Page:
Friday, December 31, 2010


I'll get back into the habit of updating more regularly, soon.

I spent the x-mas holiday on the boat, I was able to complete the install of the second layer of 1/4" battens on the overhead in both the forward and main cabins. I also finished the cabin sides in the forward cabin. All of these areas are now insulated with 1/2" foam sheets.
I made paper templates for the cabin sides forward, cut then out of some 3/16 ply I had at the house. I've not installed them yet, I'm holding off to be sure all the water intrusion is fixed.

Speaking of water; I knew the port seals were leaking. I found a source online for the seals, and hope to start replacing them this weekend. the seals It took a long time to find these. I spent a lot of time online, ffollowed by walking into random window and glazing retailers.

I found another source of water, the hull to deck joint. Both the prior owner and myself had taken time to seal the edge of the joint where the balsa core is exposed with epoxy, but in several places the upper and lower flange of the joint had separated enough to let water seep in to the interior of the boat. During the few heavy rain storms we've had, this added up to a good inch of rain pooling at the foot of the forward berth. Last week I was able to grind away the paint and get down to bare fiberglass, applied a coat of neat expoy (fast cure) followed by a coat of thickened epoxy. I used the spreader to force some of the expoy into the gap (when there was one) and then smoothed the whole mess out.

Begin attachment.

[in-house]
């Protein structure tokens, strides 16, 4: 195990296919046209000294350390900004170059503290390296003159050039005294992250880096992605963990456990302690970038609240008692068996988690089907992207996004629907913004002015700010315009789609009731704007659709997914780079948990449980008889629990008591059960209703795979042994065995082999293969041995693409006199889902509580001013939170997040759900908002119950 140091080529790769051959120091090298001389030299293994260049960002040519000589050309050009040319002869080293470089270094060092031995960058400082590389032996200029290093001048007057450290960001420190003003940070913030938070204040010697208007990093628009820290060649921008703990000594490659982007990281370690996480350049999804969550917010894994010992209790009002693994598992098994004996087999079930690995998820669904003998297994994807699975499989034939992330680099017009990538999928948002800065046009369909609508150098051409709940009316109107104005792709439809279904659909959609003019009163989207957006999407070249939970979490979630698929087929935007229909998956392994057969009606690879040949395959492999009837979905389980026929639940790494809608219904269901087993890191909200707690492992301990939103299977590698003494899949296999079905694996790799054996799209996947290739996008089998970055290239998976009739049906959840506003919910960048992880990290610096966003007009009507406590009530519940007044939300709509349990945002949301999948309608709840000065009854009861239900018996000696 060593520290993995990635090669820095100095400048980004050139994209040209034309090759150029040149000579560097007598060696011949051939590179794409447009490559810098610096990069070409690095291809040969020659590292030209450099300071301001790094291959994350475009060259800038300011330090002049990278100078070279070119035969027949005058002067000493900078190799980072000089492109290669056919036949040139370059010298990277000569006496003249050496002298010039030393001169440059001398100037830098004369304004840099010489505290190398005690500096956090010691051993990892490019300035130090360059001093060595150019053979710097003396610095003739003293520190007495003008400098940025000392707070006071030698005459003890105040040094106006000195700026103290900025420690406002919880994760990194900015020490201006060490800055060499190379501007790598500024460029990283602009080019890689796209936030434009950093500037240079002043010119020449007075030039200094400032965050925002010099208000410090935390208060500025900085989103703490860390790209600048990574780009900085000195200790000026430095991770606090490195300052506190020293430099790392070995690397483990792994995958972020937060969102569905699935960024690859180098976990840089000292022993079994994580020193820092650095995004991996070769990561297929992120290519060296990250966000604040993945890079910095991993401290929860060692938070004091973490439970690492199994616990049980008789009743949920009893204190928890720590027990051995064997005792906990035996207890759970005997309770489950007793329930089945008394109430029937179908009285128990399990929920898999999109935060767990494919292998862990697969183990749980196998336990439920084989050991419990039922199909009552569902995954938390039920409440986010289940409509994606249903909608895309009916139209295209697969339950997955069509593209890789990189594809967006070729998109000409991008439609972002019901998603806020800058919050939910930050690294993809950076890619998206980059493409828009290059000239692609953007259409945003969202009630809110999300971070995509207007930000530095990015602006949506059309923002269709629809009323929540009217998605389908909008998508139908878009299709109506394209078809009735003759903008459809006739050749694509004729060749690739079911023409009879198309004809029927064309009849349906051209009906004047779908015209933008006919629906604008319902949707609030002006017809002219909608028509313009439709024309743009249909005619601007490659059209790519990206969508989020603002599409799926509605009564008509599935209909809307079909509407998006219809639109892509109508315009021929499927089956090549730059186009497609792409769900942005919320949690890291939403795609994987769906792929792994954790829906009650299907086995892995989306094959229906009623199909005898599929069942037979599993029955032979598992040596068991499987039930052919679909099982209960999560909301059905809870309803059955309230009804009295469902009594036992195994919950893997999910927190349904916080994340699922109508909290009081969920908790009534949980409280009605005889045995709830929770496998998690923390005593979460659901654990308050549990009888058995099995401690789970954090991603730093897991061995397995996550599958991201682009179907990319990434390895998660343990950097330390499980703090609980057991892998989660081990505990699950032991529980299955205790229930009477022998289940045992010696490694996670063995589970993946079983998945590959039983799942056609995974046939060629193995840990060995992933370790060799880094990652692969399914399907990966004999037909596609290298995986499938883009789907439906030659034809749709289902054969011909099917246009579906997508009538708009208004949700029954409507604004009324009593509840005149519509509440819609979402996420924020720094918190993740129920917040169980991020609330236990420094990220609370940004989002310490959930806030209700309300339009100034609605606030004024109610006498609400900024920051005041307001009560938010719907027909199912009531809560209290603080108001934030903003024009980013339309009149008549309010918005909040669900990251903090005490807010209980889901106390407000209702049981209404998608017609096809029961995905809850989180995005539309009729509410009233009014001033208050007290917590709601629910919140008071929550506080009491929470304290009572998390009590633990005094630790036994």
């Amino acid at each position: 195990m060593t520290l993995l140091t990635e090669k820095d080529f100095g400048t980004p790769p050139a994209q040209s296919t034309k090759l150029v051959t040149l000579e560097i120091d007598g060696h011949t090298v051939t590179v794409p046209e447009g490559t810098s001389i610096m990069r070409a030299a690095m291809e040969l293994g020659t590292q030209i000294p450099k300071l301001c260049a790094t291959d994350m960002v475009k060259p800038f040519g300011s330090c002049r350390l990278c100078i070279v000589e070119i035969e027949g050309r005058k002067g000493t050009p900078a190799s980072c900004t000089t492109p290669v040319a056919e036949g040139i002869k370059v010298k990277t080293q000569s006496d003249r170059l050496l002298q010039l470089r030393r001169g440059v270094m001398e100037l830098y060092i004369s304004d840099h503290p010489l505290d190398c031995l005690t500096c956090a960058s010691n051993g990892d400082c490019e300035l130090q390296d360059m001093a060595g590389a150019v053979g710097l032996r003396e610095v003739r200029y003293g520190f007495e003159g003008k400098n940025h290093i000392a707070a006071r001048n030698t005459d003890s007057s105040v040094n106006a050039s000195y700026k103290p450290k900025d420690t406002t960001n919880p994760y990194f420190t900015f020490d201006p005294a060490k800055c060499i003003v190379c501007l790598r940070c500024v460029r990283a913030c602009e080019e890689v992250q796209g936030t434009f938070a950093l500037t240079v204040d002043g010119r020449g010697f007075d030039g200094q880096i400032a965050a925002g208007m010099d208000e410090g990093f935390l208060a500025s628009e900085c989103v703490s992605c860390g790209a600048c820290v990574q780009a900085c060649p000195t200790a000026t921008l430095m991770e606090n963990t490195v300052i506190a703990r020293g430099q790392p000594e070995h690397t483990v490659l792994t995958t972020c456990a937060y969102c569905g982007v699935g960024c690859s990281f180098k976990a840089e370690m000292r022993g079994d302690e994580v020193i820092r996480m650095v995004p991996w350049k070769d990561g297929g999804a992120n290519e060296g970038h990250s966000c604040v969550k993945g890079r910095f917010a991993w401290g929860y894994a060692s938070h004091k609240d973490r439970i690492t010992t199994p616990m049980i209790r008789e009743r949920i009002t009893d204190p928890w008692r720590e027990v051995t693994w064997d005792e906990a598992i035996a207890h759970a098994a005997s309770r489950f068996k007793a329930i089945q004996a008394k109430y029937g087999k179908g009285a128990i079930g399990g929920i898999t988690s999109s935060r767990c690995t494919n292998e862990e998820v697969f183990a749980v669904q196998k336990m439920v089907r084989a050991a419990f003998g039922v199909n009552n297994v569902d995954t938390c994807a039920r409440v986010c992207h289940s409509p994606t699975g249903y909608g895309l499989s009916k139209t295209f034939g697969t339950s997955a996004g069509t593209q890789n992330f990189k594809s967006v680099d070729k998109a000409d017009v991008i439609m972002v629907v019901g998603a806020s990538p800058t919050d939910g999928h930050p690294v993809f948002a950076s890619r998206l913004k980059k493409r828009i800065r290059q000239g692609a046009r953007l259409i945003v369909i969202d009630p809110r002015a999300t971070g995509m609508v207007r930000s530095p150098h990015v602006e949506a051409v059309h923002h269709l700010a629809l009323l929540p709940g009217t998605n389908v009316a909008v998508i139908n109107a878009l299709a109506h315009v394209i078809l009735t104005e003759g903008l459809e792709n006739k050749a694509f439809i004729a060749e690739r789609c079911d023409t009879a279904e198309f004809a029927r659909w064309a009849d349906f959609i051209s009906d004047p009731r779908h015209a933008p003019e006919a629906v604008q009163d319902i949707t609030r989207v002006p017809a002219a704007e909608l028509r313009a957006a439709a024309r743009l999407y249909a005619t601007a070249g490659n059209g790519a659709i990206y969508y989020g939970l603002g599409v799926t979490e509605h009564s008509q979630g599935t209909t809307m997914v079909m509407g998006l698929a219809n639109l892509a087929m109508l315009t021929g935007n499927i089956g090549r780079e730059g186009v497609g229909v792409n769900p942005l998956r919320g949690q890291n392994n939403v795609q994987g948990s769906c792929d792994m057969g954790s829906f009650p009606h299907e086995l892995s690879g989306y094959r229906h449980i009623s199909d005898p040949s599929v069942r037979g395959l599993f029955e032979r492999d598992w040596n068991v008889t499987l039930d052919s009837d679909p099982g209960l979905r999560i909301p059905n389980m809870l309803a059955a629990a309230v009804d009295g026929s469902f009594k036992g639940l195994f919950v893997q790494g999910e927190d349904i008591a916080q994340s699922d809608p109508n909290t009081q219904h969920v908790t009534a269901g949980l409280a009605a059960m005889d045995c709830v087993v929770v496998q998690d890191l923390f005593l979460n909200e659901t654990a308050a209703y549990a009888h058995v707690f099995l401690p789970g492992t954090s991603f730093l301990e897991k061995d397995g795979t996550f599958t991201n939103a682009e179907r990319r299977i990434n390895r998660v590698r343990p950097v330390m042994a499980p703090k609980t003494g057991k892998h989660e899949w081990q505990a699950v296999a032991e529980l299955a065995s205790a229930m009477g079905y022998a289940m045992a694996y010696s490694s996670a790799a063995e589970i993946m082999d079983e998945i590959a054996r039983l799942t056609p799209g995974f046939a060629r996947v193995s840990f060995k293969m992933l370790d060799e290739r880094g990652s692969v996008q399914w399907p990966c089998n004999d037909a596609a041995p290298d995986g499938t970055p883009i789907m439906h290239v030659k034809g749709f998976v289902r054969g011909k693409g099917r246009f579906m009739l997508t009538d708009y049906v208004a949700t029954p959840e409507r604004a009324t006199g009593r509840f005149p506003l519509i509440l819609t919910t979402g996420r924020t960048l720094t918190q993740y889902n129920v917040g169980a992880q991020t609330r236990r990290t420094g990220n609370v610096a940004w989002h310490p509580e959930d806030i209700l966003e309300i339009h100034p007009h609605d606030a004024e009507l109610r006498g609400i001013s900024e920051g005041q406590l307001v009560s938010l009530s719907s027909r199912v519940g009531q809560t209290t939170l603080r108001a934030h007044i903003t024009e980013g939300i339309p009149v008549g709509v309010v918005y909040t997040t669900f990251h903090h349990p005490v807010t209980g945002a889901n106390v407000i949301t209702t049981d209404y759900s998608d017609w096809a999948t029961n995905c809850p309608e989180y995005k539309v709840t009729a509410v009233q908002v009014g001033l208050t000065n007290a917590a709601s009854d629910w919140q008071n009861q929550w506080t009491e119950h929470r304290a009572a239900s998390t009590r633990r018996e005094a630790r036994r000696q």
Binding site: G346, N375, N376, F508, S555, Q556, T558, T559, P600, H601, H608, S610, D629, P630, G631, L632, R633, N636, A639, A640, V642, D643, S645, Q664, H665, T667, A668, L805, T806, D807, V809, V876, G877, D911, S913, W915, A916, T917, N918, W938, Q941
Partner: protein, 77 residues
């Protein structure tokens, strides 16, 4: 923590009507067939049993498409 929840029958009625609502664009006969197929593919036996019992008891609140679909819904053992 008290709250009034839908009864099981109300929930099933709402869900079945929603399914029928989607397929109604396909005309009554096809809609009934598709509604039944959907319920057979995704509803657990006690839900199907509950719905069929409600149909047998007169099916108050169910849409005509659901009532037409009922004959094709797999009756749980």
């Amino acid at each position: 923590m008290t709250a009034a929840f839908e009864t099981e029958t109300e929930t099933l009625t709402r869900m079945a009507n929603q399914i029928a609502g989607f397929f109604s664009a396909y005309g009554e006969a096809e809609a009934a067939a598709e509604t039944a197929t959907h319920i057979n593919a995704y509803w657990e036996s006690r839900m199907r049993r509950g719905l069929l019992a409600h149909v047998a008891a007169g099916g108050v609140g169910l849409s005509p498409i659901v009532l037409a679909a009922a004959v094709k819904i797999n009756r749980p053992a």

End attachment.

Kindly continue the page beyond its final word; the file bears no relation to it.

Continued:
It still needs another coat to fill in small voids, but.... wait for it, no water in the forward cabin!
I hope to place the order for the foam for the mattress next week.

Lastly, I began some engine work; The seal that goes around the output shaft leaks, letting oil get onto the rotating prop shaft/ coupler and flings oil all over. I got the whole mess taken apart, but forgot the new seal at the house. I should have that installed tomorrow night, New Years Eve.

Lastly, I plan to move the boat to her new slip on Saturday morning.Not a bad way to ring in the new year.

Friday, December 17, 2010

Back too it.

Big changes around here over the last 2 weeks.
I've been heading down to the boat every few weeks, but not really doing any work on it just stopping in to admire how much work is really left.

I've been spending most of my time on home remodel projects.
But, I'll be moving the boat back to Lake Union at the end of the month. I've secured a live aboard slip back at AGC, where I was living on the old boat.
Sometimes life doesn't work out the way you planned. In that case having the boat was a nice safety net. It looks like I'll be able to watch New Years fire works from the boat this year.

Anyways, the move aboard to-do list is huge. I have parts on order, hoping they will be in today or tomorrow.